exhausted, but still there was no reproach upon his lips. Presently he
found himself in bed again with his pillows arranged so as to prop him up.
The struggle for breath was awful, and he could not lie down. He had only
to fight for a little longer, however, then suddenly the worst was over.
And at the same moment, as it seemed to him, the chime rang out again
triumphantly; and almost immediately afterward his first friend and foster
father, the rough collier, grasped his hand. But he had scarcely greeted
him when his second friend arrived, and bending over him called him as of
old, "Julian, my dear, dear boy!" This reminded the Tenor. "Where
_is_ the Boy?" he said, "Is the window open? It is time he came."
"Israfil, I am here," was the soft response. The Tenor's face became
radiant. All whom he had ever cared for were present with him, coming as
he called them--even the dean, who was kneeling now beside his bed
murmuring accustomed prayers. "What happiness!" The Tenor murmured. "I was
so sorrowful this afternoon, and now! A happy death! a happy death! Ah,
Boy, do you not see that he gives us our heart's desire? He slumbers not,
nor sleeps," and the Tenor's face shone.
Then the chime was ringing again, and now it never ceased for him. He had
sunk into the last dreamy lethargy from which only the clash of the bells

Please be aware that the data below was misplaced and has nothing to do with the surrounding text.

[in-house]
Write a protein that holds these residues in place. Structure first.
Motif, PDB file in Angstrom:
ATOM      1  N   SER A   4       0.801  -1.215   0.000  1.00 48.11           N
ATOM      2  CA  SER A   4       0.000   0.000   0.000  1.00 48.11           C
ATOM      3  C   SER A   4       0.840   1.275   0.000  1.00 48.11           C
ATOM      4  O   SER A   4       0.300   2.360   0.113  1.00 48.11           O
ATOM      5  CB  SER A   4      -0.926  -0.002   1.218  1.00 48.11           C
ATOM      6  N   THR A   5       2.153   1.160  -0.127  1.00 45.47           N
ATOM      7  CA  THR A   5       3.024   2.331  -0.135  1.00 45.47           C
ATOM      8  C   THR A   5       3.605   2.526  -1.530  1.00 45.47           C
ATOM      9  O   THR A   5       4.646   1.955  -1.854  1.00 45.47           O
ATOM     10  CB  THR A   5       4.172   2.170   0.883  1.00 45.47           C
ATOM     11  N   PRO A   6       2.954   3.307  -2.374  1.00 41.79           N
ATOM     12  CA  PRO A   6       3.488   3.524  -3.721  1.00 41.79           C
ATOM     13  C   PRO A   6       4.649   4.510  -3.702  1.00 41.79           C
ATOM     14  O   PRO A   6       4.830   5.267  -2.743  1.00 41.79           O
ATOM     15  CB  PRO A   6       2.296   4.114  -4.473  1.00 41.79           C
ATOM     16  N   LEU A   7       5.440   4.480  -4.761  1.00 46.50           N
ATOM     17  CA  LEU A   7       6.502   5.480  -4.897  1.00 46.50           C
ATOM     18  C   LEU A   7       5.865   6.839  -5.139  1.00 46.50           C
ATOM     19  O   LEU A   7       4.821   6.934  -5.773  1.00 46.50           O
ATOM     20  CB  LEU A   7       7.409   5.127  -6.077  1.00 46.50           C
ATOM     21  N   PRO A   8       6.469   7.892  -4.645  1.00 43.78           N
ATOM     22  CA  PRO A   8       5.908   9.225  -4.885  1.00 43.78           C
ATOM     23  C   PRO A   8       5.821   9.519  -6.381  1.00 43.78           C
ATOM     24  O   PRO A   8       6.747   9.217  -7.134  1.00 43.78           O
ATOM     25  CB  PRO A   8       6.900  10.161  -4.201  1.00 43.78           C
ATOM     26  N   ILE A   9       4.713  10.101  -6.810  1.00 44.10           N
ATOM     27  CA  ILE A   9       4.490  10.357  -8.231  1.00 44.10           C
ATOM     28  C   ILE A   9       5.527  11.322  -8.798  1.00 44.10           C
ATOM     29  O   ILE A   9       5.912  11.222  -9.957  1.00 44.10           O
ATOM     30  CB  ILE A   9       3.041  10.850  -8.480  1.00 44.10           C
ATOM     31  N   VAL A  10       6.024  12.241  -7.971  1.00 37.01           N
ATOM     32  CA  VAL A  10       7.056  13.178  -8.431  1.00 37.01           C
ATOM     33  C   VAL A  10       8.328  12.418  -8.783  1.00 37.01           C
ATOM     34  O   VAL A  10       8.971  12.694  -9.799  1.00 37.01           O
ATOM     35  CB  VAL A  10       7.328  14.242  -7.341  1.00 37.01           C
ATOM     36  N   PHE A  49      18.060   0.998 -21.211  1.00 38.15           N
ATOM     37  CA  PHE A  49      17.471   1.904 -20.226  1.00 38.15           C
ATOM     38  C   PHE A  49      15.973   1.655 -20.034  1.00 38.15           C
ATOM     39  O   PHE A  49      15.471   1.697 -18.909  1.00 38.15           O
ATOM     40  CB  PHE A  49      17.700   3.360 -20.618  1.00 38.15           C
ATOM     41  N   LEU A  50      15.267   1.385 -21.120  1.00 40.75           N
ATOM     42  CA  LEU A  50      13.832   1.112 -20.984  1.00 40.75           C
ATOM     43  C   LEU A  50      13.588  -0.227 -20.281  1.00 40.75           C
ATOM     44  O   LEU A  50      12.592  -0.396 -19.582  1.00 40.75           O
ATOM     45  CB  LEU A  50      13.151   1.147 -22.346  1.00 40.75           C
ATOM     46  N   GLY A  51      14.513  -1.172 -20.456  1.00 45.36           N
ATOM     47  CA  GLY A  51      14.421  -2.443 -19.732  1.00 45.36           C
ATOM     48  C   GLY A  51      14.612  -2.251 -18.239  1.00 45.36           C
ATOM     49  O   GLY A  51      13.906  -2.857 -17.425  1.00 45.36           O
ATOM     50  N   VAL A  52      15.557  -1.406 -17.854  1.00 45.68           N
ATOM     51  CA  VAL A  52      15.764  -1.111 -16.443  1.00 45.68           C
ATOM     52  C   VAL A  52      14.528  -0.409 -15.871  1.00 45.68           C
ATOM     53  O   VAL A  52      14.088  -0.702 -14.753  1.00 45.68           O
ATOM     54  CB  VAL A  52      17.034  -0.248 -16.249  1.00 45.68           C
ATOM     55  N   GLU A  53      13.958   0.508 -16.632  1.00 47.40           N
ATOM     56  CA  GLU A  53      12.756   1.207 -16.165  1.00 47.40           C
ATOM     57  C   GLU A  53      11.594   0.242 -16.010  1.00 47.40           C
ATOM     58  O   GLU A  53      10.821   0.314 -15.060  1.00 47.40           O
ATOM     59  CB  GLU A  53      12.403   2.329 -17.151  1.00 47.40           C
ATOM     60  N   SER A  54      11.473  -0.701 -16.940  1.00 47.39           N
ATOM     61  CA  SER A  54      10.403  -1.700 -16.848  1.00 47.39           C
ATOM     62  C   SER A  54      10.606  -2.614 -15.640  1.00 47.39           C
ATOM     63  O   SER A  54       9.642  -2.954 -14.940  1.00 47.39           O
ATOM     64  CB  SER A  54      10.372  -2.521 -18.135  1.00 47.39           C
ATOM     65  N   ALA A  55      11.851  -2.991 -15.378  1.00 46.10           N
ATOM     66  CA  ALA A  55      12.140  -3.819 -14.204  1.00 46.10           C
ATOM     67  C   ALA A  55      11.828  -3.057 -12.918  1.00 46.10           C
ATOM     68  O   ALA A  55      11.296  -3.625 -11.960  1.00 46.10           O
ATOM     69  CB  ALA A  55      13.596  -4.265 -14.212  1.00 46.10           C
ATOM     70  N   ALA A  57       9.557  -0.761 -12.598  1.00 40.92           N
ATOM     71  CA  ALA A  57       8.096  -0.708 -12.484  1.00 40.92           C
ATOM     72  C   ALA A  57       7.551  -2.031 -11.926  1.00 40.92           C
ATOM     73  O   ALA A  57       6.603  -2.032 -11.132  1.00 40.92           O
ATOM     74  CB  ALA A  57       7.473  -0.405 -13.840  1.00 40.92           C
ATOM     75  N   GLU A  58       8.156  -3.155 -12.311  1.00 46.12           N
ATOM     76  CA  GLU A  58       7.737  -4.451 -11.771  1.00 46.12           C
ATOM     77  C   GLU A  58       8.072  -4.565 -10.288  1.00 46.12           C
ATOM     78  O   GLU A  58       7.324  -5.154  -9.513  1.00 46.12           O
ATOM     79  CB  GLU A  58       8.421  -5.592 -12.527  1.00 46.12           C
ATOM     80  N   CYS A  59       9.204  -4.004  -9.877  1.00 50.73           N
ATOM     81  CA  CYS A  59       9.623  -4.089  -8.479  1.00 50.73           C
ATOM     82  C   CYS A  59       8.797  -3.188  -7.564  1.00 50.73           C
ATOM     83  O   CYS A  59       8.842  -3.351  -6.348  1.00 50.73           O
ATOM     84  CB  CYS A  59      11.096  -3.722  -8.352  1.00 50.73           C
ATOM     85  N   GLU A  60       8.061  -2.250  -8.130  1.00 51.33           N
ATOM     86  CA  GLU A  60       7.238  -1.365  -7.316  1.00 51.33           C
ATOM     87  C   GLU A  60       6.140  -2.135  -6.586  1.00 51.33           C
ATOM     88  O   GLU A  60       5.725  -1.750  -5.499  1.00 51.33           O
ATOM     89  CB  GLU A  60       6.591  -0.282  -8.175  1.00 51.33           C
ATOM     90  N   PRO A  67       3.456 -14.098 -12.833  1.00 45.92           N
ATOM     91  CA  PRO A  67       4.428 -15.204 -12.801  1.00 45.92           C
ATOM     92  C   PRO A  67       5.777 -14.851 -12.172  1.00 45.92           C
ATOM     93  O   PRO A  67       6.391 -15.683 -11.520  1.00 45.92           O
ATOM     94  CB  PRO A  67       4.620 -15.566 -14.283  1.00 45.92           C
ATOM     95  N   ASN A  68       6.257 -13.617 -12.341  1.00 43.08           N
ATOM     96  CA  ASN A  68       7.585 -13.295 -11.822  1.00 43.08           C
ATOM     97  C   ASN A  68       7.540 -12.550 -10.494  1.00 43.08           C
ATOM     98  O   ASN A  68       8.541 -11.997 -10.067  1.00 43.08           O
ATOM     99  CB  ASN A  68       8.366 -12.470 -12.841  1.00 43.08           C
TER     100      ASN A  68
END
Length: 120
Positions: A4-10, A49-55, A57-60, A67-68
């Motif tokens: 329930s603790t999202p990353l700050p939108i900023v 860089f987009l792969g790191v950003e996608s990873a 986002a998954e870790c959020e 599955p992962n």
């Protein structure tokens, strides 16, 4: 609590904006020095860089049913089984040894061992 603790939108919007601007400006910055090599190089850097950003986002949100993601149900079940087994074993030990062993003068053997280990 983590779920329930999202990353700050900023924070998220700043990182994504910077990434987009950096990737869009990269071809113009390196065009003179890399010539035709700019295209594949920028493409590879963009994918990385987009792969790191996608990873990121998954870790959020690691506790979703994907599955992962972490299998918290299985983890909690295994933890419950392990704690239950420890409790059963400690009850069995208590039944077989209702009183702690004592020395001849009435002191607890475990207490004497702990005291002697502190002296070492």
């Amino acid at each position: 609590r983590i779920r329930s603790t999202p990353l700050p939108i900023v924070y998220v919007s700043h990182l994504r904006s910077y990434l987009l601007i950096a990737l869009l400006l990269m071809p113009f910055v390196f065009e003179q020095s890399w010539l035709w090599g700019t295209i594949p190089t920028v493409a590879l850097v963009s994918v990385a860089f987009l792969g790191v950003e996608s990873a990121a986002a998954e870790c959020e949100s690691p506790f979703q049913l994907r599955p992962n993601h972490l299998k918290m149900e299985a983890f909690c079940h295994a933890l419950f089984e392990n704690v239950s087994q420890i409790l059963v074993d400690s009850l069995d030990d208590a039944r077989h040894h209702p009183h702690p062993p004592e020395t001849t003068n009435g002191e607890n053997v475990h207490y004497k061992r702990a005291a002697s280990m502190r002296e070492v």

above roused him hour by hour during the few that remained; but all sense
of time was over; the hours were one; and so the beloved music accompanied
him till his spirit rose enraptured to the glory of the Beatific Vision
It was just at the dawn, when the Boy was wont to leave him, that,
according to his ancient faith, the dear-earned wings were given him, the
angel guardian led him, and the true and beautiful pure spirit was
welcomed by its kindred into everlasting joy.
When Angelica heard those dreadful words: "He's dead, miss, didn't you
know? and buried yesterday"--her jaw dropped, and for a moment she felt
the solid earth reel beneath her. The colour left her face and returned to
it, red chasing white as one breath follows another, and she glared at the
woman. For her first indignant thought was that she was being insulted